Our main cons are the bulky talon clip and the fact that, since the leash does not detach from the waistbelt, it is a little harder to detach Glia from me when backpacking.

I often need to detach Glia from my waist when we are hiking steep inclines or declines. Having the leash in my hands gives us both a little more space to maneuver on tricky terrain. I should mention, however, that as long as I don’t have a backpack clipped around my waist, the leash is easy to unclip from and re-clip around my waist.

But besides those two negatives, this leash has been a great addition to our collection of dog hiking gear. Honestly, the overall quality and lightweight design make up for these 2 drawbacks.

We haven’t made a review video for this leash yet, so in the meantime, check out this YouTube review of the Ruffwear Flat Out Leash.

And if you are ready to purchase this leash, here is another link to Amazon. Just click on the picture below. (Again, I am an Amazon Associate and earn from qualifying purchases.)

If you are interested in other gear reviews, head on over to our gear review page! And let us know if there are any products on the market that you would like us to review. We are always looking for more quality adventure dog gear.

Best regards,

Kate and Glia

4 replies on “Ruffwear’s Flat-Out Leash: Sturdy and Versatile”

Hi Kate, I had a shoulder surgery from my dog pulling hard on the leash(no give to it)..Doesn’t the bungee component on a leash help with the give part ? If so I don’t know if I can handle this leash with no bungee in it. Which would you choose between roamer and ridgeline?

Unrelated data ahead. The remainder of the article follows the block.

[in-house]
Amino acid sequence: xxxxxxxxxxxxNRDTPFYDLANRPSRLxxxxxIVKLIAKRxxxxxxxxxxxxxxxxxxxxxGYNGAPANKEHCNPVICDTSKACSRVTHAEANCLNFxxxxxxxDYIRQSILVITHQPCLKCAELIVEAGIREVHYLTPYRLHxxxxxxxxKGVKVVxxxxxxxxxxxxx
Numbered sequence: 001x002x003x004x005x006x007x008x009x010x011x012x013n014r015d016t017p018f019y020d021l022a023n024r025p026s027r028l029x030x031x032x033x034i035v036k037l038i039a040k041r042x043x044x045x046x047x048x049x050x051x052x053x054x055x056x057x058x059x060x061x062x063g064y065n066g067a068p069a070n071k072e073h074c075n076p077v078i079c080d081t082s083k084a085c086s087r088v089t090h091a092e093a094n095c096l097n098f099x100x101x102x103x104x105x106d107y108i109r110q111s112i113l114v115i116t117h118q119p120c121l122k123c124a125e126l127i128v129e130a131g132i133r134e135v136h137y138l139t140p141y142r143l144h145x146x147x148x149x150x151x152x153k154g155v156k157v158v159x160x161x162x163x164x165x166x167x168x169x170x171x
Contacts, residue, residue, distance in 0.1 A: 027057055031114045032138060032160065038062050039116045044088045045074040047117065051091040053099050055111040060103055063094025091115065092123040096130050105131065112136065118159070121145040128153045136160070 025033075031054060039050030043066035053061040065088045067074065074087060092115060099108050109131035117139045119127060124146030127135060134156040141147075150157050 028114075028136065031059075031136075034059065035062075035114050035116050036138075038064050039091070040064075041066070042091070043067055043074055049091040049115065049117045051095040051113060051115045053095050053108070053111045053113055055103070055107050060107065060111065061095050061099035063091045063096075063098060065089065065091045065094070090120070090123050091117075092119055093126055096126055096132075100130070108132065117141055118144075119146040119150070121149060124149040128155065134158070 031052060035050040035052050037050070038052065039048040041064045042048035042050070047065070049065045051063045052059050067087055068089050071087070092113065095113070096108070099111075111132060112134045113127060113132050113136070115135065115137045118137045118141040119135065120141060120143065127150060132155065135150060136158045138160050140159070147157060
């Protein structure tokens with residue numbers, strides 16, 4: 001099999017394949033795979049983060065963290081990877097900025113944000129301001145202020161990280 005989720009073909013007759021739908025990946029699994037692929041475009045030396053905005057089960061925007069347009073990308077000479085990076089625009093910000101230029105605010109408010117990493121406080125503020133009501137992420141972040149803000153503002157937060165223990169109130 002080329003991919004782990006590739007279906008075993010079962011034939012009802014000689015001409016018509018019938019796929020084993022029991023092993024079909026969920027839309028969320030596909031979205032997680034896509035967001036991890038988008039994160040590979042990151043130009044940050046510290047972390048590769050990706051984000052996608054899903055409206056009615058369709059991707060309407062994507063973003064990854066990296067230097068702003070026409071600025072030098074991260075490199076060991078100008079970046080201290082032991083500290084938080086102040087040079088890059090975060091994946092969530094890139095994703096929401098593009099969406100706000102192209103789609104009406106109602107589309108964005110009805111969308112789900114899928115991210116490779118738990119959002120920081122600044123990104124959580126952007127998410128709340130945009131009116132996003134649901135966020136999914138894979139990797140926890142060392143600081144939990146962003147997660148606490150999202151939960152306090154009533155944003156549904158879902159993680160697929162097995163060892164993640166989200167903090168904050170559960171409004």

Yes, the bungee component does help reduce the shock of a quick pull from your pup. (Just be aware that some dogs will pull into the bungee a little harder as a result). Personally, I would choose the Roamer, as it has the option to convert from a standard leash to a waist-worn leash. The Ridgeline is a good option if you just want a hand-held leash though. Or if you have a belt you want to attach the Ridgeline to. I hope your shoulder has healed up well!

I currently use a Tuffmutt leash when I go hiking or backpacking with my dog. I can let her off leash at times and am working with a dog trainer to get better recall and to have her stay closer to me.
I like being able to detach her from the waist belt.
I liked your review of the Ruffwear Flat Out leash which is significantly lighter than Tuffmutt.
Do you like the Flat Out leash better and would you recommend I get one.
Thanks,
Larry

Honestly, I find that I still reach for my Tuffmutt leash the most often. Like you, I appreciated being able to detach my dog from the waist belt. And I find that the weight doesn’t bother me much when it is spread out between me and the dog (my dog isn’t trained for off-leash hiking). That being said, I do bring the Flat Out leash along for situations where I think I might need to hold the leash as much/often as I wear it around my waist. The Flat Out converts to a traditional 6-foot leash, giving my dogs a bit more range when traversing challenging terrain. And the lack of a bungee is preferable for me in higher traffic areas. Both are great leashes though. If you like the bungee and mostly just want to wear the leash around your waist, I would stick with the Tuffmutt. If you want something that works well as a handheld or waist-worn leash, the Flat Out leash is a great purchase.

Let me know if you have any other questions.
Kate